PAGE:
While all the performers do a fine job, most of them--McDormand, Malkovich, Swinton, Jenkins--are essentially playing their standard role. That is, if you enjoy watching McDormand doing that thing that she does, you'll appreciate her in Burn. Admittedly and a little unexpectedly, Malkovich is a welcome addition, as his distracted, theatrical style adds some refreshing rattle to the standard clockwork hum of the Coen script. However, the truly pleasurable performances belong to Pitt and Clooney. Pitt exhibits astonishing comedic chops in a character that is a bit off the beaten path for him: a hopelessly uncool and witless dope, completely unaware of his own limits. Some of the most ludicrously funny moments in Burn involve Pitt's baffling attempts to approximate an espionage tough, by narrowing his eyes and affecting a guttural growl. Clooney, meanwhile, has a less amusing role, but one that's a more substantial depature. Not only is Clooney thoroughly unlikeable in Burn, but he exploits his normal charismatic currency—his swagger and ten-grand smile—to convey a sense of creepy phoniness. Eventually, when he breaks down into wild-eyed paranoid hysterics by the film's end, Clooney pulls off an elegant trick, coaxing us to both fear him and fear for him.
Burn After Reading features a host of morally bankrupt characters, but it's not a morally bankrupt film. Granted, it doesn't really seem to have an ethos, in the way that one expects of most art films, even black comedies. Its aim is simply to shine a glaring light on the essential stupidity of humankind. It's tempting to deride the Coens for selecting this softest of targets for their morbid wit. However, they savage humanity's plight without the vengeful tone of most satire, and with such mirthful abandon that the film comes off as flabbergasted and bemused rather than scolding. It's no coincidence that Burn opens with a long zoom from high orbit above the Earth to the halls of CIA headquarters in Langley, Virginia. Mimicking the eye of a spy satellite—the God the Father of the post-faith twenty-first century, tallying our sins from its heavenly vantage point—this shot hints that we should see the events of the film from a deity's chilly distance. We are free to laugh or weep, as warranted, at the idiocy of its characters.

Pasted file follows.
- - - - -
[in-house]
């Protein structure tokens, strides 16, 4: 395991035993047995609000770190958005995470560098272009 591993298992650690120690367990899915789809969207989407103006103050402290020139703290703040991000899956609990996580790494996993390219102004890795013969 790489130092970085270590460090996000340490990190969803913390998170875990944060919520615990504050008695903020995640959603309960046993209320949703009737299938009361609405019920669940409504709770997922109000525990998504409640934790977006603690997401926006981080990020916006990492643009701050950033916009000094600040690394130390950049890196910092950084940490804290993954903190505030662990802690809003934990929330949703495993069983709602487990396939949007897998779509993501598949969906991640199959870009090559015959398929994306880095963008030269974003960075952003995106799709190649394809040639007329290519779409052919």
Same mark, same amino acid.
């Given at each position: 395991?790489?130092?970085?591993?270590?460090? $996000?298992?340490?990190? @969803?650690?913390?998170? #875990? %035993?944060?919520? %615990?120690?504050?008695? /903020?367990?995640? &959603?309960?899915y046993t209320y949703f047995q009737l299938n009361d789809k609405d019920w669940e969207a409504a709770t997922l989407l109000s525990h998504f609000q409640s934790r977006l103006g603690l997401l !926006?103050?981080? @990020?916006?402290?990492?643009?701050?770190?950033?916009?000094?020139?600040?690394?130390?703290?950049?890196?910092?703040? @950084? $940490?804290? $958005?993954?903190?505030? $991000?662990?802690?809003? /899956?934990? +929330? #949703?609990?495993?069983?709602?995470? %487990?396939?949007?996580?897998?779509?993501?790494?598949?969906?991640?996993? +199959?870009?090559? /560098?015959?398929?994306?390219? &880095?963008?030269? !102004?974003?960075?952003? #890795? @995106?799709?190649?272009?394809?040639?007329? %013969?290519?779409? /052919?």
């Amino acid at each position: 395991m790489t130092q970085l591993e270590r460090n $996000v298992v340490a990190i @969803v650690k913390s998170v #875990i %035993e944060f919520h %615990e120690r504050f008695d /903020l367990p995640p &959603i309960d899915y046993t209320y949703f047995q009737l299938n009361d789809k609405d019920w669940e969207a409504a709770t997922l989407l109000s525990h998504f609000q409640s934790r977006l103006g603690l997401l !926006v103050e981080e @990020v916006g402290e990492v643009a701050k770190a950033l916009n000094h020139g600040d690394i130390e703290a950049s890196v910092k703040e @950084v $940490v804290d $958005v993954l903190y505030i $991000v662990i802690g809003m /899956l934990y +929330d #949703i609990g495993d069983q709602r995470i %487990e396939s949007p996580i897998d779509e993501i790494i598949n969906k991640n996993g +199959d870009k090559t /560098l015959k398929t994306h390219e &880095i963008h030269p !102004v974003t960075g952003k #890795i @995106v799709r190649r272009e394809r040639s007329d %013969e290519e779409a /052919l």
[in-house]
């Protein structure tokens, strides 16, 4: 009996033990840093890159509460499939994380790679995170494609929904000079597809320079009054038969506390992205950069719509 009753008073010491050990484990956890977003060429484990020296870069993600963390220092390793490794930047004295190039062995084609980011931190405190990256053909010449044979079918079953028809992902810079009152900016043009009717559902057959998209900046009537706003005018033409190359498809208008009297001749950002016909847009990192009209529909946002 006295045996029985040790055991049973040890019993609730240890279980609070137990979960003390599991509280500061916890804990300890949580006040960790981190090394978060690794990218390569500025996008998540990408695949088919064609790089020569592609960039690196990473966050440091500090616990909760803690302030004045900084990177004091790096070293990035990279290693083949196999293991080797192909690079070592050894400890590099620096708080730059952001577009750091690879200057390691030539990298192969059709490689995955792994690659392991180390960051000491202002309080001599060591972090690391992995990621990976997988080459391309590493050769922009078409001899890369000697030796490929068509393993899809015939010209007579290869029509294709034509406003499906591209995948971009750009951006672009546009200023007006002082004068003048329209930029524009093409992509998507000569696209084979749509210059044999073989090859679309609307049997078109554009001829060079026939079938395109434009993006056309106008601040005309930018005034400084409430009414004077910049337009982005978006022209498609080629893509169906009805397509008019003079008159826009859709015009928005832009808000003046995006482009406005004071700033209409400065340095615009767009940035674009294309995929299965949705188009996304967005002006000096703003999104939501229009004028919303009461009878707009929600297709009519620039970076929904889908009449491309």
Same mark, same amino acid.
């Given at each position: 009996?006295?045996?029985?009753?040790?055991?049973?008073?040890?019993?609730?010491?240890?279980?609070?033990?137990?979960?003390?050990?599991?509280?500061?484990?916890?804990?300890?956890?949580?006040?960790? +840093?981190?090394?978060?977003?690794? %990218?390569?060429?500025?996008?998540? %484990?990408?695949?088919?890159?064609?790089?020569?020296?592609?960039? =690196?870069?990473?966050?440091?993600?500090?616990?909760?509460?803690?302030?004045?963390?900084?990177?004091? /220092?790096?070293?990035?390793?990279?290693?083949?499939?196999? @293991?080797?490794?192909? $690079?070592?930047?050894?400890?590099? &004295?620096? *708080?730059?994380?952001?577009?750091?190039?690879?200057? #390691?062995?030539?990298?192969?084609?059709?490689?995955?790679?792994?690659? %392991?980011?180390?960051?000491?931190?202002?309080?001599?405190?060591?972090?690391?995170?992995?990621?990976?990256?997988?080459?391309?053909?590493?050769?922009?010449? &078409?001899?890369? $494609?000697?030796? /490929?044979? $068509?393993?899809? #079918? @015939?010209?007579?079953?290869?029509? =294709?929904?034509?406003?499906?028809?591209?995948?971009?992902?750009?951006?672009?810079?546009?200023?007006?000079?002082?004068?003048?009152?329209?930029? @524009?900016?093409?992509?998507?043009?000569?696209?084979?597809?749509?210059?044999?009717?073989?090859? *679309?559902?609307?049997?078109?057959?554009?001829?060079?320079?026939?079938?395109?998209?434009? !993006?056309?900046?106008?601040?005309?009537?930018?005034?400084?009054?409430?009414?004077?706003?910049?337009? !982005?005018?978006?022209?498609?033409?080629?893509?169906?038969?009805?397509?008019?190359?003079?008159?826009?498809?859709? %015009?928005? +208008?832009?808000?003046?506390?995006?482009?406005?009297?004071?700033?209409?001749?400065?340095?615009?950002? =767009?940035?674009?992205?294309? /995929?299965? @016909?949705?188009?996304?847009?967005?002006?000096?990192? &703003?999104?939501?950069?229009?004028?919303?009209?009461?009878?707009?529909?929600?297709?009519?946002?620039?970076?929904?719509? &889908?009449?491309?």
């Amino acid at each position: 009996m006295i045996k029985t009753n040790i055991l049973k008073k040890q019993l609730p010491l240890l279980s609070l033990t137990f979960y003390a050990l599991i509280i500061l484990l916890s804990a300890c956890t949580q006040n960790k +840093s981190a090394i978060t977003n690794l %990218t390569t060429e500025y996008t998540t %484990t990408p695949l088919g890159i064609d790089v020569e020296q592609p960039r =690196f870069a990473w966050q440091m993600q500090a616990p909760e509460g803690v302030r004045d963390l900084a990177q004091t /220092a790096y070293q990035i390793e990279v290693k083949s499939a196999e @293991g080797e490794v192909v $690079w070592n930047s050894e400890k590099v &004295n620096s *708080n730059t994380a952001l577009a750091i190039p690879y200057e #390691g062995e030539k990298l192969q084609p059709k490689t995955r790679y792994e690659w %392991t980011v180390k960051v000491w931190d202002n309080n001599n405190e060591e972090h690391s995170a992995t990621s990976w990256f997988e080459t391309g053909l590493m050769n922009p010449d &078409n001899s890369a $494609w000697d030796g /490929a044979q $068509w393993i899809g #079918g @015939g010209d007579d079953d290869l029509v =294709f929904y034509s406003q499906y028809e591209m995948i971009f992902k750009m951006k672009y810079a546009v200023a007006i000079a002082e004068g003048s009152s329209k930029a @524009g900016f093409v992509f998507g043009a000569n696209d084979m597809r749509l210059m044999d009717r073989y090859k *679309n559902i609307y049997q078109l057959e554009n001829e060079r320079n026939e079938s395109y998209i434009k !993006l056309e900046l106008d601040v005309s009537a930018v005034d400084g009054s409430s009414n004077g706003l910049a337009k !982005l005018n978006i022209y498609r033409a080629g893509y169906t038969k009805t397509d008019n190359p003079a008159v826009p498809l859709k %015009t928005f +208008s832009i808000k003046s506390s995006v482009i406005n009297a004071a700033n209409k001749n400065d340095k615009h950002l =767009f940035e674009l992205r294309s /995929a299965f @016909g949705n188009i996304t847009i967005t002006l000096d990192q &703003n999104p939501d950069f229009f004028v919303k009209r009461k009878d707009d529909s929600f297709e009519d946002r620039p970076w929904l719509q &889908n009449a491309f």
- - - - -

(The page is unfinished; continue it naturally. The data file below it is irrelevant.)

Given this removed quality to its approach, Burn may not be the sort of comedy that will satisfy viewers looking for an escapist chuckle. It's outrageously funny, but it's ugly funny: relationships disintegrate, careers crumble, and at least two people die brutally. Even devoted Coen fans may be uneasy laughing at such things. This is particularly the case given that Burn, unlike the directors' other comedies, doesn't offer much in the way of redemption or a moral. What's troublesome is the sense of puffed philosophical pandering at work in Burn, one that's too sweeping and definitive to sit comfortably with the brothers' usual taste for ambiguity. That people are stupid and life can be a sick joke are hardly original sentiments, and it's not clear why the Coens deserve credit for advancing them. Regardless of the coarseness of its aims, however, Burn After Reading is utterly, sickly funny, in a way that sets it apart from... well, every other film not directed by the Coens, I suppose.